The importance of water in the growth of plants can be judged by the fact that from 30 to 120 gallons of water are required by an ordinary plant for the production of each pound of dry substance present. The greater part of this water which is taken in by the roots is given off by the leaves. The stream thus maintained serves to keep the plant cells fully distended thereby preserving the form of the plant, and enabling it to carry on its vital processes.  Even though the largest proportion of the water taken in during the growing life of a plant is given off through its leaves, a considerable amount is retained.  In succulent plants, about 90 per cent of the complete weight of the plant is water, this water being an actual part of the organism.  In woody plants, the percentage of water present in the organism is less, although even in this case we find this important compound an essential part of the living cell.  With animals, water is quite as essential as it is with plants.  About three-fourths of the total weight of the human organism is water, and about two quarts of drinking water a day, besides all that


which present in our various liquid and solid foods are recommended to keep human beings in good physical condition.

Hard Water
Soft Water
With soap Forms soap curds, and makes cleaning difficult. Produces luxurious lather easily.
In bathing Makes skin drawn, clogs the pores, preventing proper elimination of poisons by the skin. Keeps skin soft and clean. Keeps pores free.
In shampooing
Deposits soap curds in hair, dulling lustre. Makes hair clean and glistening.
In beauty culture Makes it impossible to thoroughly cleanse skin. Keeps skin glowingly clean and free from the blemishes.
In shaving Makes a water-proof coating of soap curds around each whisker, causes razor blade to be dulled. Thoroughly softens the toughest beard. Makes shaving easy - makes blades last longer.
In washing dishes Causes streaks on china and glassware. Dishes can just be drained clean. Many pieces do not need to be touched by a towel.
In removing grease Makes work difficult. Cuts grease like magic.
In home laundering Wastes soap, discolors clothes, often necessitates extra hard washing. Saves 50-80% of soap formerly used. Makes clothes soft, sweet, clean. Prolongs their life.
In washing wood-work, porcelain, etc. Calls for hard scouring - harms finish. Preserves lustre.
In pipes Scale chokes down flow of water. Makes faucets drip. Keeps pipes free from scales.  Faucets seat tightly.
In water heater Deposits rock-like scale in coil. Fuel is wasted. Coils last longer. Minimum of fuel is consumed.
In steam boilers Wastes fuel. Needs a long time for steam to come up. Saves fuel. Steams quickly.
In automobile radiators Will eventually clog tubes, causing overheating, boiling away of water. Keeps radiator in efficient condition. Keeps motor operating at proper temperature.
In making pie crust Tends to make crust tough. Makes crust flaky and tender.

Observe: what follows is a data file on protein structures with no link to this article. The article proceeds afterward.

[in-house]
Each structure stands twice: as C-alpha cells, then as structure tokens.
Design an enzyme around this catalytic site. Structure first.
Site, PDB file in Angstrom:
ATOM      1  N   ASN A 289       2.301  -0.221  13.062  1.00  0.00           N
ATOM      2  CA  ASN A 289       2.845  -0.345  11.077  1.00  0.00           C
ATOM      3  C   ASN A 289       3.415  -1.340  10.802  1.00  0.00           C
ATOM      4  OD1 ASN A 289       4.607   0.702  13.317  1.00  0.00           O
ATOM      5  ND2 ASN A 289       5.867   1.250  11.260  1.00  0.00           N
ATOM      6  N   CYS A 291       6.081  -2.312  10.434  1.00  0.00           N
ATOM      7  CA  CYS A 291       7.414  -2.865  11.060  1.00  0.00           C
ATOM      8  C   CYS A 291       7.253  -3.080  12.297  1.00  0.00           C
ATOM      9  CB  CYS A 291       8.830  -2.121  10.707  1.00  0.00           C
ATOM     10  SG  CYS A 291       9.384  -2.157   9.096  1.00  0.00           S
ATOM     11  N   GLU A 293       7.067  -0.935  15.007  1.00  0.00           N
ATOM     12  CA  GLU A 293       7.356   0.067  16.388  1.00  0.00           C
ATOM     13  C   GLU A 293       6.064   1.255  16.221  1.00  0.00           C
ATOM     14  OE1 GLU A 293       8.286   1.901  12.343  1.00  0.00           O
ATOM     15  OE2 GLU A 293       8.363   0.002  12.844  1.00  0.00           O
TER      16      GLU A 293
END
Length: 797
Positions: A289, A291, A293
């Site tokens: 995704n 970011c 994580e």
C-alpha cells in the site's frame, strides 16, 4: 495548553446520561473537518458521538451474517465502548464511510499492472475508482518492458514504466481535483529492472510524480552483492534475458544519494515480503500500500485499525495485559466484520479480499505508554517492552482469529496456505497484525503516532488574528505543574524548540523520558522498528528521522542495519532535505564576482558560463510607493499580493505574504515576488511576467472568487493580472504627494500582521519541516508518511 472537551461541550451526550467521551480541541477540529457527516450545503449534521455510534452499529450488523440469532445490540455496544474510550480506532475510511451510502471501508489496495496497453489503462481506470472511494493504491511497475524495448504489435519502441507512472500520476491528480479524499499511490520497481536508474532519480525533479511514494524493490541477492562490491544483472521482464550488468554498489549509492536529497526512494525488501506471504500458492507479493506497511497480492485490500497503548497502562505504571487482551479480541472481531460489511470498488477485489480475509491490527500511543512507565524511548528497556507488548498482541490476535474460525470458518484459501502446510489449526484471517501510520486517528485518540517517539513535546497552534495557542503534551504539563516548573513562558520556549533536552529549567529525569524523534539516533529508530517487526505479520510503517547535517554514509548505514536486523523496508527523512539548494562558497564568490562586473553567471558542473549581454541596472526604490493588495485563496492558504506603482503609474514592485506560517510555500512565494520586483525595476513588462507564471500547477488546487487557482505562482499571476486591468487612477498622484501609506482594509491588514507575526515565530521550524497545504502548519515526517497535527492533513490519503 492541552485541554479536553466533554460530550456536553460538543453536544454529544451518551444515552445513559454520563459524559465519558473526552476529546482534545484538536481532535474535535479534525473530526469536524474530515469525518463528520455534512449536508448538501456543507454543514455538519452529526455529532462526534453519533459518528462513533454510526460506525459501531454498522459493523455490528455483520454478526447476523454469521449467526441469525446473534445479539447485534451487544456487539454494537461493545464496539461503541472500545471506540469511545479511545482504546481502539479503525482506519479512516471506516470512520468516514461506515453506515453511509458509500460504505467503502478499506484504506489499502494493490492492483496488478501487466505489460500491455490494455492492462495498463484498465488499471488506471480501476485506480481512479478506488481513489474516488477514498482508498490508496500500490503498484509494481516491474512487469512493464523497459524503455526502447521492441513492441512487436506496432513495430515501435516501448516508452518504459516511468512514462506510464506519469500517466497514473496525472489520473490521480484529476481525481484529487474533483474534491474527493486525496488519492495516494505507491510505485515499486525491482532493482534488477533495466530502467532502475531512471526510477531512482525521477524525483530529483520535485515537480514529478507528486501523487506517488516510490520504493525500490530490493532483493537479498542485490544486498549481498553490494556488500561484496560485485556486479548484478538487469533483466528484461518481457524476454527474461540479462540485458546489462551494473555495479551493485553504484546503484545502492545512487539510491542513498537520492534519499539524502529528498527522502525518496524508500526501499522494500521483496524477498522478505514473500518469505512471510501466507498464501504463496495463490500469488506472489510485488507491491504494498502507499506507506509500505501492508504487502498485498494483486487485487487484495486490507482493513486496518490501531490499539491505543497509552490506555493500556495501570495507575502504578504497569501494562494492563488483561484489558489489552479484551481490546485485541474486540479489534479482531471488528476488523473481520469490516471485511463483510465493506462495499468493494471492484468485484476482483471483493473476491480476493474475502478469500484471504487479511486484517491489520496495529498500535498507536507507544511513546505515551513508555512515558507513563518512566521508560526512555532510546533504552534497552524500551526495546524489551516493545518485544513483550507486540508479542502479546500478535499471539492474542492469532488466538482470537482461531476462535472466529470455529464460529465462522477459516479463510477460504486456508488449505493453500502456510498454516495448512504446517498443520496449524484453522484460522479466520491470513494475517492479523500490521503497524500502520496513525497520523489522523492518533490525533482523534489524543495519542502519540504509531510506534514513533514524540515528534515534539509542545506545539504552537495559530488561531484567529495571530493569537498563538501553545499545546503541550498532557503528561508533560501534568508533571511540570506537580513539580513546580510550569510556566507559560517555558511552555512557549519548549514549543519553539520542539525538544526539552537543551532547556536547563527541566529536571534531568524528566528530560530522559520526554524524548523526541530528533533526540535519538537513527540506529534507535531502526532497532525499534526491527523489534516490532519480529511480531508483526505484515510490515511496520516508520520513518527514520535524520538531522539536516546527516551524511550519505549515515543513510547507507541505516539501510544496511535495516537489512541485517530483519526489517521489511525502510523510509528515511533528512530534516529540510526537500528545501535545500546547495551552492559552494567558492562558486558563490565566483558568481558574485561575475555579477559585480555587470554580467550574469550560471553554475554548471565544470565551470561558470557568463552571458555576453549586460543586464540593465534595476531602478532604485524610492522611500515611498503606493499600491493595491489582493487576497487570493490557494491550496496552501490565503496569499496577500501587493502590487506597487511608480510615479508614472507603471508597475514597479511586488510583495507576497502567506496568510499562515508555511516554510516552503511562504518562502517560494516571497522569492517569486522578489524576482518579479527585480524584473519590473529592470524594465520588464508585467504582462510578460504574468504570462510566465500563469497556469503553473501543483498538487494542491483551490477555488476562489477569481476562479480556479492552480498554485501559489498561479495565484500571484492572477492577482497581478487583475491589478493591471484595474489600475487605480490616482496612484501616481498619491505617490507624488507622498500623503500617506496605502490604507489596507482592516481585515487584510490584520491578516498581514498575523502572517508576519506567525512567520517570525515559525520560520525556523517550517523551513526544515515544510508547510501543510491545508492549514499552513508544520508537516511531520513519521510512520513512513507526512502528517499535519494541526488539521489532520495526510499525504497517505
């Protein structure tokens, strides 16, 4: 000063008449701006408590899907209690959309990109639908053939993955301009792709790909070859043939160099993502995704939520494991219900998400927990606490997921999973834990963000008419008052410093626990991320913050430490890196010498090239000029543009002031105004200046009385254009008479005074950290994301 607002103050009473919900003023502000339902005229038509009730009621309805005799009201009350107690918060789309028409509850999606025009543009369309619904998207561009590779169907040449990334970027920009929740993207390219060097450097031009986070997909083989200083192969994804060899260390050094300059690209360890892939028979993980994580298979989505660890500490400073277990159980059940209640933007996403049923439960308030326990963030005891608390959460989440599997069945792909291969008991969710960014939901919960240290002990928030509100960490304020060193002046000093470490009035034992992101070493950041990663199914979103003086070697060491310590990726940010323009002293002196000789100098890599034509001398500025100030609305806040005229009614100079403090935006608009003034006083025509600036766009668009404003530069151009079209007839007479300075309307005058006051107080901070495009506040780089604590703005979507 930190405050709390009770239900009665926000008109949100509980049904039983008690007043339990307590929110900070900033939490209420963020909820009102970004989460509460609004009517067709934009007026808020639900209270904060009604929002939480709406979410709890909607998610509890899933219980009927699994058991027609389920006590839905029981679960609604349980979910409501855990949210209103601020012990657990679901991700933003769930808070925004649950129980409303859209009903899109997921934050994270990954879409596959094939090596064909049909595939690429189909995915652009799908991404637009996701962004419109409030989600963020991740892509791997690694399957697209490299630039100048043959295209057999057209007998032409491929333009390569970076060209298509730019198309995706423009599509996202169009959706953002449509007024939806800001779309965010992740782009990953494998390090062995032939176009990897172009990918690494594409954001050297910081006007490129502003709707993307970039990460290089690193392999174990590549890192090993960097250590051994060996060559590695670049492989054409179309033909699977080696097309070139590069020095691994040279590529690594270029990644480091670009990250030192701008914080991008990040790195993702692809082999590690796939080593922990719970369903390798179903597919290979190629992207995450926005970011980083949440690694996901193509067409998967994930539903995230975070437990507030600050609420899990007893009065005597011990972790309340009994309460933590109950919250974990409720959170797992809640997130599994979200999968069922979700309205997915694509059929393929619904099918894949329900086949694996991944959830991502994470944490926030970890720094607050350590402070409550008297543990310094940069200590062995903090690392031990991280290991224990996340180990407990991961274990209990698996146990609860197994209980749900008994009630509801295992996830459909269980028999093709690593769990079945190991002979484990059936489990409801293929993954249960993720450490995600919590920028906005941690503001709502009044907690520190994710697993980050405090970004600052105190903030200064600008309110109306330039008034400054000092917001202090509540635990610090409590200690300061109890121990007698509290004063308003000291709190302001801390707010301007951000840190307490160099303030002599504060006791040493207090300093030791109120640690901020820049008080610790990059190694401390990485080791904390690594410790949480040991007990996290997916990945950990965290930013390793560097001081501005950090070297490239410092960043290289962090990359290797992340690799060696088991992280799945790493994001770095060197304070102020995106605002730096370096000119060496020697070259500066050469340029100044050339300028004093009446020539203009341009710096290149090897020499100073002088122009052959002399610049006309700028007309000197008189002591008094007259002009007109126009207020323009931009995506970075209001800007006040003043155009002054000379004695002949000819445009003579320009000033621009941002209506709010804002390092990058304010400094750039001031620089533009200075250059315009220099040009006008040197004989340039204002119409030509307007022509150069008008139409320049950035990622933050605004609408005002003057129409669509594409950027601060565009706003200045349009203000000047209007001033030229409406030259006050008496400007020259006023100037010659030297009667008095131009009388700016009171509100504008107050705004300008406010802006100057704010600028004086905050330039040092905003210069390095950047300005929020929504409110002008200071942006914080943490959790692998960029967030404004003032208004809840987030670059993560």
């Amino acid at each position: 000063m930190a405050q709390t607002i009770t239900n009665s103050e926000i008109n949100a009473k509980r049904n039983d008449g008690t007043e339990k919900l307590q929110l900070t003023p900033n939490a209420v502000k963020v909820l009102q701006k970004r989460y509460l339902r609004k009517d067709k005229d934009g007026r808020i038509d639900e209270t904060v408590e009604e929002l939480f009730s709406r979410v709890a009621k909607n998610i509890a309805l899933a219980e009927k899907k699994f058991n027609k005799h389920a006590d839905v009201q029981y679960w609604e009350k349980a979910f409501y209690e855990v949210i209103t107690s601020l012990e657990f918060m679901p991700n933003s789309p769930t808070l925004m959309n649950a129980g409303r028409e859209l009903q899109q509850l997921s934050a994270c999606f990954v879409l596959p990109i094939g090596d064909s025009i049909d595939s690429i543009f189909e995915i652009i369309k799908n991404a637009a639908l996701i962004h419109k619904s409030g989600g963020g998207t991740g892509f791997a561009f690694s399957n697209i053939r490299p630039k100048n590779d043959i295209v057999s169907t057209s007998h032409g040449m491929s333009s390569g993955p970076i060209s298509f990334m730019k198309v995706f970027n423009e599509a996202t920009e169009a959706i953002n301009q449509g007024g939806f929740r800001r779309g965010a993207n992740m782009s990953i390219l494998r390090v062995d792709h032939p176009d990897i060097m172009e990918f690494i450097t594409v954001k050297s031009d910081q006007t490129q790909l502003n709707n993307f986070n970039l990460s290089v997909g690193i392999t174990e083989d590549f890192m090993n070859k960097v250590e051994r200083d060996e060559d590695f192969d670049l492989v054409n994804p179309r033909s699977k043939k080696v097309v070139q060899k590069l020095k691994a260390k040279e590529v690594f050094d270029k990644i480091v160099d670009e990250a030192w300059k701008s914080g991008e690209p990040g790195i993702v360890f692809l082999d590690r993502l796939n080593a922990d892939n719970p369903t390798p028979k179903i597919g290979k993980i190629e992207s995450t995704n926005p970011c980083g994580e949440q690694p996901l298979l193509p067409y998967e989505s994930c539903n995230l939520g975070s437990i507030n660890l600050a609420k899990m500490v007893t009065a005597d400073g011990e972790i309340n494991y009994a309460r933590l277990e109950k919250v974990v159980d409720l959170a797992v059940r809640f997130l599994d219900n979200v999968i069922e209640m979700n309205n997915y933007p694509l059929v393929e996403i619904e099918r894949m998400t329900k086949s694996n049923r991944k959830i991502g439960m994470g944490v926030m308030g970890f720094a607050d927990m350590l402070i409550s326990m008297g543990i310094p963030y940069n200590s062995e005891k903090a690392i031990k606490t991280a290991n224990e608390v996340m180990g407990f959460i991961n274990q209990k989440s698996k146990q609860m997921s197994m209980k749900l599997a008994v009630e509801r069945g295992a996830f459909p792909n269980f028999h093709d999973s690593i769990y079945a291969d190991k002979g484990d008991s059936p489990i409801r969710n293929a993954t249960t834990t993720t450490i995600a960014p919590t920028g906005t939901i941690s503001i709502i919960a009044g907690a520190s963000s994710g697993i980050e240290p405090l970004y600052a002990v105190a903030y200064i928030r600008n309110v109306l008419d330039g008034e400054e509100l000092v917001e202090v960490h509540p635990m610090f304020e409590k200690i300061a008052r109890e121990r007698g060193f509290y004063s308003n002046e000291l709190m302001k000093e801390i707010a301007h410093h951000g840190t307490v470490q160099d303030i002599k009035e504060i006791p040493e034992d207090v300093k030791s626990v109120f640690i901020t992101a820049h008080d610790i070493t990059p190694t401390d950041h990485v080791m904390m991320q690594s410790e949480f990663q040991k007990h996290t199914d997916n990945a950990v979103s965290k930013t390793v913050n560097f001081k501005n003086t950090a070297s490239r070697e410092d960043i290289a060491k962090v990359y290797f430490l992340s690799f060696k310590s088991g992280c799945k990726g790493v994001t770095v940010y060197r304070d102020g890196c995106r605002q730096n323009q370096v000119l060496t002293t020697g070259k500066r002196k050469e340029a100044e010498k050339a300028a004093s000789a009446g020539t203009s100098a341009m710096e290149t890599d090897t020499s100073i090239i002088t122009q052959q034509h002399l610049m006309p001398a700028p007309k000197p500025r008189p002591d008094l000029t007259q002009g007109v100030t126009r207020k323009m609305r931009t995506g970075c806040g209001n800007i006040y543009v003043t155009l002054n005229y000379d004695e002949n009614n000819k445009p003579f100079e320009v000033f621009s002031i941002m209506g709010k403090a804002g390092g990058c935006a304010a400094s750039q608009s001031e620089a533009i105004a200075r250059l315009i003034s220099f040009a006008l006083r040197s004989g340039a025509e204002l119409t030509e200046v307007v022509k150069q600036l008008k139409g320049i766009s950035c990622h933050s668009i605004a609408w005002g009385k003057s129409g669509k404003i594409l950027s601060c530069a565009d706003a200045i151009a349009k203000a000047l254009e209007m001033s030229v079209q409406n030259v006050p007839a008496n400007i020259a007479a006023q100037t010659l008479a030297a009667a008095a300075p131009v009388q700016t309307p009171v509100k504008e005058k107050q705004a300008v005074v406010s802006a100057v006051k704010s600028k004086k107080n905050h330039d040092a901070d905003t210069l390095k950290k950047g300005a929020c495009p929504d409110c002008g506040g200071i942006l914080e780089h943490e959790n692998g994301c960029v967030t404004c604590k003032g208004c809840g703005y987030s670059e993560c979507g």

In cooking green vegetables Toughens them, causes loss of flavor. Keeps them tender with all natural freshness. Need less cooking.
In making tea and coffee Impairs flavor. Makes them taste better.
For drinking Hard water is unpleasantly flavored. A water softener like permutet removes calcium and magnesium.
For care of baby Causes rashes blamed on prickly heat. Milk bottles get scummy - harder to clean. Eliminates many skin troubles. Makes bottles glisten.
For hygienic cleanliness Makes it hard to remove dirt and foreign matter. Prevents thorough cleaning. Cleans thoroughly and easily. Insures absolute cleanliness.



EXPERIMENT 78 - Decomposition of water by an electric current (electrolysis)
It can be definitely proven that water is composed of two gases - namely hydrogen and oxygen. For this experiment you will need two or three good dry cel1s, a shallow dish, some insulated copper wire, two test tubes and two pieces of arc light carbon or clean lead.

The apparatus is set up as shown in the illustration (Figure 23). The cells are connected together in series with copper wire by joining the carbon binding post of one cell to the zinc binding post of the other cell. To the free zinc and carbon posts of the end cells attach the long pieces of copper wires and fasten to the free ends of the wires the pieces of arc light carbon or lead, having previously scraped the free ends of the wire with a knife to insure a clean surface.

Now fill the pan about half full of a solution of sodium bisulphate, using one teaspoonful of the compound to each glass of water required. Fill two test tubes with this solution, close the mouths with the thumbs and invert them upside down in the pan, being careful not to allow any bubbles of air to get into them.

Now put one of the carbon or lead electrodes under each test tube, being careful not to allow any air in the tubes.  Notice that immediately bubbles of gas begin to rise in each test tube from the carbon or lead electrodes and gradually force the water down out of the mouth of the tubes. Also notice that there is twice as much


formed in one tube as in the other. This is because water is composed of two volumes of hydrogen and one volume of oxygen. The electrode at which the hydrogen is liberated is the negative electrode or cathode, and the electrode at which the oxygen is liberated is the positive electrode or anode.


Hydrogen, when in solution as an ion, has a positive charge of electricity. When an electric current is passed through the solution, the positive hydrogen is attracted to the negative electrode or cathode where it loses its charge of electricity and is given off as a gas.

Oxygen, on the other hand, is formed in the solution through chemical reaction, and is liberated at the positive electrode or anode. Being only very slightly soluble in in water, it is also given off as a gas.